The structure of a forest

Evergreen forests, such as the Amazon Rainforest and the tropical rainforests have a peculiar structure, in terms of the layers in which the trees are organized. This organization is shaped mainly by abiotic factors such as humidity, sunlight, wind etc. There are four basic layers namely the Emergent, Canopy, Understory and Forest floor.

The Emergent layer

The Emergent layer is made up of the tallest trees, spaced out, usually with straight branch-free trunks (large trees are about 16ft in diameter), with a crown on the tops. They are about 100ft – 200ft tall with supporting buttress roots spreading up to about 20-30ft. The trees have small pointed leaves, which are adapted to withstand wind action over treetops. Trees here are in constant sunlight. Birds such as the hummingbird and parrots are common. Animals here tend to be lightweight, and include the Sloth and the Spider Monkey. The Brazil Nut tree and Kapok Tree are common trees in this emergent layer.

The Canopy

The Canopy is the layer that stops sunlight and rainwater from getting to the layers below it. The trees grow up to about 130ft and have broader leaves and drip spouts. This leaf feature makes rainwater drip down quickly rather than staying on the leaves. There are millions of insects and animals in this layer as they have enough food to keep them there. Common animals include squirrels, monkeys, reptiles, bats, and a variety of birds. Visibility is low from the thickness of leaves and network of branches. As a result, animal sounds are loudest in this layer because they communicate with sounds.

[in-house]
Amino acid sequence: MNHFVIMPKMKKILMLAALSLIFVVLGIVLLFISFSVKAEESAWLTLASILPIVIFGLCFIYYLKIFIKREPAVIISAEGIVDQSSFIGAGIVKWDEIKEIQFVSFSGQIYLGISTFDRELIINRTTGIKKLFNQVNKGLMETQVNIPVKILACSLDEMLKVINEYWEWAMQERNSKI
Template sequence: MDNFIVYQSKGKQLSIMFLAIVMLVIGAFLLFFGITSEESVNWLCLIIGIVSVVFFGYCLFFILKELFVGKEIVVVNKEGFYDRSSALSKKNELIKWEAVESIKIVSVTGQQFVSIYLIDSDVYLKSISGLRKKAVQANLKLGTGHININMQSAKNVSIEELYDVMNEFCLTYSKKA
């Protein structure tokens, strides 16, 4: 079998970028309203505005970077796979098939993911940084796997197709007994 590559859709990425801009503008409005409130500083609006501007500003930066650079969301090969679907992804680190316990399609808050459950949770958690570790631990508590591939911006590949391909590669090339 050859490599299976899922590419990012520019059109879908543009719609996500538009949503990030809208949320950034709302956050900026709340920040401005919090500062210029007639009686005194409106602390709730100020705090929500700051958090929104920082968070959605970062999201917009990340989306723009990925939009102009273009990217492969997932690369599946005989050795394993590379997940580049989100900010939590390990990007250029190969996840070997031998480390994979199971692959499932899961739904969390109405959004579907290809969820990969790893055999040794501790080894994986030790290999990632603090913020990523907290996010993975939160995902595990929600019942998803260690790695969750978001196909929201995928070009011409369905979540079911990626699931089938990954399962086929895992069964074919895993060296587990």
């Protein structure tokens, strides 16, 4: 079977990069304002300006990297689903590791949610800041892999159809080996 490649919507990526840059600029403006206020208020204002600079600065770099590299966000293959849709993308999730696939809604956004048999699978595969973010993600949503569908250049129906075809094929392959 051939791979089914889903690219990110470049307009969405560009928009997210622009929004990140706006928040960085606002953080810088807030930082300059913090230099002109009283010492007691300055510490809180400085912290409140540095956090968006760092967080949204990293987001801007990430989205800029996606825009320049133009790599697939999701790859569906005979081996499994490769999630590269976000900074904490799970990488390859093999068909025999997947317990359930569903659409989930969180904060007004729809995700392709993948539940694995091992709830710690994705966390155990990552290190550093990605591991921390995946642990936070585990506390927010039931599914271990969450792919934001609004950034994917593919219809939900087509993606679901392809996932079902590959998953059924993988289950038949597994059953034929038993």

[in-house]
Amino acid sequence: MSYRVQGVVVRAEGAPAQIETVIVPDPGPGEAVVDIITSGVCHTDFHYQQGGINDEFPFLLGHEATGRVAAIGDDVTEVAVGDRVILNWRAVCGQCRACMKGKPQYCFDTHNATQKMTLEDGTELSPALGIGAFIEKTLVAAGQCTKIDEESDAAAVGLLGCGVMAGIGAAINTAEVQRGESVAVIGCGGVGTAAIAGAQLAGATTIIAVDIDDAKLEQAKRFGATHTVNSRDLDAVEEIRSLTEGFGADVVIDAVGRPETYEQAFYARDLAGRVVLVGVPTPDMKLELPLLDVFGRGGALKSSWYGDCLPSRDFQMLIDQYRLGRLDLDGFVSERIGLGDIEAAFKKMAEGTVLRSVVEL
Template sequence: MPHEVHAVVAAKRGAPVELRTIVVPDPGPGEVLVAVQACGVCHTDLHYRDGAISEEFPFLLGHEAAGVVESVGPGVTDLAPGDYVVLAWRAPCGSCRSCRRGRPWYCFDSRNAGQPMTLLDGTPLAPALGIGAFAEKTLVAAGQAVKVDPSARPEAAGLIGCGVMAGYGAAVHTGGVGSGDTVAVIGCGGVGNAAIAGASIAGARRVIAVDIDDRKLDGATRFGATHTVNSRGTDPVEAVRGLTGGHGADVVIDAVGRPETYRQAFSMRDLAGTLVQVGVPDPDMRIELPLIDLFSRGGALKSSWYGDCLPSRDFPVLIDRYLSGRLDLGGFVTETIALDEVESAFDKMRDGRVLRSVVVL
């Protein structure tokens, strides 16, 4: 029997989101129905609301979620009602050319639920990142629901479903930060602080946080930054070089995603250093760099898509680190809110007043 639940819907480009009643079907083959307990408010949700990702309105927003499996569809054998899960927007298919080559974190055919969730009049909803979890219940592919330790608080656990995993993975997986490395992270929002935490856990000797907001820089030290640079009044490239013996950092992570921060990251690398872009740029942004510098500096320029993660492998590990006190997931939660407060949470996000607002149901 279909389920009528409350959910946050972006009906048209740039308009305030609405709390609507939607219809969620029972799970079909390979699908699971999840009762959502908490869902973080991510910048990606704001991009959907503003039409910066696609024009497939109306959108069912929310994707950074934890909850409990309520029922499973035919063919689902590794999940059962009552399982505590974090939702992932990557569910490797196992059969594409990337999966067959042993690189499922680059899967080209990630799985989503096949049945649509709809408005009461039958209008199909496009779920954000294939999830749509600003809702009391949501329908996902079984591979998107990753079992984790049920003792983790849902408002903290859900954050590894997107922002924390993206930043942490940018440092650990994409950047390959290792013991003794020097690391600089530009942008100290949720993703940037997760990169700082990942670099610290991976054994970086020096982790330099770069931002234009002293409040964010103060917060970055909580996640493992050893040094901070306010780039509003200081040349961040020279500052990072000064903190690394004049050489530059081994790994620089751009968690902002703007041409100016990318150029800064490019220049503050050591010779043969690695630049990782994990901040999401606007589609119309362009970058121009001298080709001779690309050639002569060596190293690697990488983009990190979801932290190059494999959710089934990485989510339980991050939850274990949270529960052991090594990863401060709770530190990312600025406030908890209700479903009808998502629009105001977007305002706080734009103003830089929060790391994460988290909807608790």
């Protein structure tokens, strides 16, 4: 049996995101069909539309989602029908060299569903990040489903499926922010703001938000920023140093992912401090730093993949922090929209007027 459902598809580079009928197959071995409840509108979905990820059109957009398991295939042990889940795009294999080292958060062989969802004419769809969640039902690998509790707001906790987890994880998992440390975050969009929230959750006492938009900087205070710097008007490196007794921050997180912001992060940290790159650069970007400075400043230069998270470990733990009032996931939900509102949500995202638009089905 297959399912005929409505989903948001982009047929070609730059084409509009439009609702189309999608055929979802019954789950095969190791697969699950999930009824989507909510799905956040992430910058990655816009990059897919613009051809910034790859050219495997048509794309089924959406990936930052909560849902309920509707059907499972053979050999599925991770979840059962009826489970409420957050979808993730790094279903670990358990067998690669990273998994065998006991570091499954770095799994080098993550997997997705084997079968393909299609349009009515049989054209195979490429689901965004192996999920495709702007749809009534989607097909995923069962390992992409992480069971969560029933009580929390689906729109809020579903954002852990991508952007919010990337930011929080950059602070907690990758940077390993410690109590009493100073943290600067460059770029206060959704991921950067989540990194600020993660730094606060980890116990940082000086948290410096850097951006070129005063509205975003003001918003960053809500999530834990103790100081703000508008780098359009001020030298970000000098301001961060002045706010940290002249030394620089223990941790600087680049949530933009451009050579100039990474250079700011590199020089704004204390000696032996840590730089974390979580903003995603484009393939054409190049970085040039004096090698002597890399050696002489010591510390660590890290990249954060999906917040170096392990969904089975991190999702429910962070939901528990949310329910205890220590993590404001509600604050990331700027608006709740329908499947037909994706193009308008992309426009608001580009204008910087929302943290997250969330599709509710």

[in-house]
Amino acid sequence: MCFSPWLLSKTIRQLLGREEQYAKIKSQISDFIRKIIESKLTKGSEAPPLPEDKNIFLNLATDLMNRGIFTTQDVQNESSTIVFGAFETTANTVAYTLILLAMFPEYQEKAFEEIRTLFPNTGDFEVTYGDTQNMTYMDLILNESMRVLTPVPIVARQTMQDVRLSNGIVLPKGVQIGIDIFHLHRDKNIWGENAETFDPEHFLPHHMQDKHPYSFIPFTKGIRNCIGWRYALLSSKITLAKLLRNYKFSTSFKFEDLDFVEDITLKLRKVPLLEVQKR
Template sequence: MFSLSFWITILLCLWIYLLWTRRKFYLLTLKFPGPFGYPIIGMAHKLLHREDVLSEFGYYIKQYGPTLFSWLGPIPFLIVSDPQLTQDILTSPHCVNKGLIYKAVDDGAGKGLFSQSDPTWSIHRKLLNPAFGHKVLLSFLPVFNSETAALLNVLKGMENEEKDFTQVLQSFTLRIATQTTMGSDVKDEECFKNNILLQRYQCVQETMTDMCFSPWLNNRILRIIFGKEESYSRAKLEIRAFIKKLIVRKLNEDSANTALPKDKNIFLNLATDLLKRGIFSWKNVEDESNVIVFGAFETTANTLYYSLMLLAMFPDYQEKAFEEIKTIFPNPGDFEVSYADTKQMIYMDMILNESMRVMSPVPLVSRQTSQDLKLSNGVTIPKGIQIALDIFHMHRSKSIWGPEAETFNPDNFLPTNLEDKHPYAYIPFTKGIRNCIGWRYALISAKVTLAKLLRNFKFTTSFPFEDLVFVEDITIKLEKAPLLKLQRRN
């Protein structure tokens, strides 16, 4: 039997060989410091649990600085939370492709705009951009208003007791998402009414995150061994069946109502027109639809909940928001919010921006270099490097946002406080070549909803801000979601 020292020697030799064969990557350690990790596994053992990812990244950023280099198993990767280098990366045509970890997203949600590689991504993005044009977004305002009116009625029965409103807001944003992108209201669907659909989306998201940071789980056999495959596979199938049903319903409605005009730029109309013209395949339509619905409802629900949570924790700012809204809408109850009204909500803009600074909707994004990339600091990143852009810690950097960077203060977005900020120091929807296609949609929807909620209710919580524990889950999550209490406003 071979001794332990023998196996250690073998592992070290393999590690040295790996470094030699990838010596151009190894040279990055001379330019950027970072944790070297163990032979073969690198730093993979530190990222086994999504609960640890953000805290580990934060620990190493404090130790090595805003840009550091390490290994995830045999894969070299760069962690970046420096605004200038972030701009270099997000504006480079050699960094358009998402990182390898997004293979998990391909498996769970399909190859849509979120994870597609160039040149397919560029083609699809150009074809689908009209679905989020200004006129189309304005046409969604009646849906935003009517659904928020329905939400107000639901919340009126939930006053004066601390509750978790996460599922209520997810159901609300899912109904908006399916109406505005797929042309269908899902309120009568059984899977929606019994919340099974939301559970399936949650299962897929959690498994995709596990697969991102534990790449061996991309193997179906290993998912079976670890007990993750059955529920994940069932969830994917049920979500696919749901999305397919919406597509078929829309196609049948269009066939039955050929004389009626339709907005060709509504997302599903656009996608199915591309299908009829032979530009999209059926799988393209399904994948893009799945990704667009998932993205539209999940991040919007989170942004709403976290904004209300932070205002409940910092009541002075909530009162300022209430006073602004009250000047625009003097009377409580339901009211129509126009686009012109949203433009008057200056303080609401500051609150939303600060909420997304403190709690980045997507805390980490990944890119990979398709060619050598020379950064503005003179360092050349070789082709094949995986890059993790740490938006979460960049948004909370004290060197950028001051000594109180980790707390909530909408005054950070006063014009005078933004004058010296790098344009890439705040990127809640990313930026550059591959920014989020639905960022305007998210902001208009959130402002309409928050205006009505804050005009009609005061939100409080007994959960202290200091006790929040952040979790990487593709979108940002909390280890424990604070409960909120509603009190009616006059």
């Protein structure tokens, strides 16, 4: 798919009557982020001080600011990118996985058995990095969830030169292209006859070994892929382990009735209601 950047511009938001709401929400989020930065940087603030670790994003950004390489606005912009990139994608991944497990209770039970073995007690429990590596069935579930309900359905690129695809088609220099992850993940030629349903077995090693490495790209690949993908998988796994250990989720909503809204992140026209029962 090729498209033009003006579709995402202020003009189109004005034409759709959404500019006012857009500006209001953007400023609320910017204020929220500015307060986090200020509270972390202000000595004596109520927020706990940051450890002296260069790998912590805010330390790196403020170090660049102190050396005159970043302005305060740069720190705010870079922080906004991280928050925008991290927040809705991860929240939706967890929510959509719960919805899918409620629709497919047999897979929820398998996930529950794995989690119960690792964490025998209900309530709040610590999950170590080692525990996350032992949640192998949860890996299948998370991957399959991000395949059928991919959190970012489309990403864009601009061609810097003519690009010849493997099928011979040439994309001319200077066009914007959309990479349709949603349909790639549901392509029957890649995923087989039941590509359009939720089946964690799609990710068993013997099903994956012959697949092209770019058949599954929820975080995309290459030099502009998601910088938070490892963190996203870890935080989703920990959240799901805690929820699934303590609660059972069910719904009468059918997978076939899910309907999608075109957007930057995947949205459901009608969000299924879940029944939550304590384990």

The Understory

The Understory has fewer trees, but lots of shrubs and small trees growing up to about 12ft high. The area is made up of buttress roots from taller trees, climbing plants, ferns and branches extending downwards. There is very little sunlight here with lots of fungi, moss, algae, mold and mildew on the leaves and trunks. This layer is home to many insects, frogs, snakes, beetles, butterflies and termites. The wet, humid and dark nature of this layer makes it an ideal home for mosquitoes and bugs.

The Forest Floor

The forest floor is the ground level of the structure. It has shallow soils of poor quality, with micro-organisms and life-forms feeding on decaying matter on the floor. The moist, dark conditions aid decomposition of organic matter and nutrients are quickly absorbed by the trees and other plants on them. There is very little light here. Animals that are found here are herbivores and carnivores, many of which have climbing abilities. Animals are also larger in size and heavier than animals in the other layers. They include scorpions, armadillos, wild cats, mongoose, lizards, snakes and a variety of insects.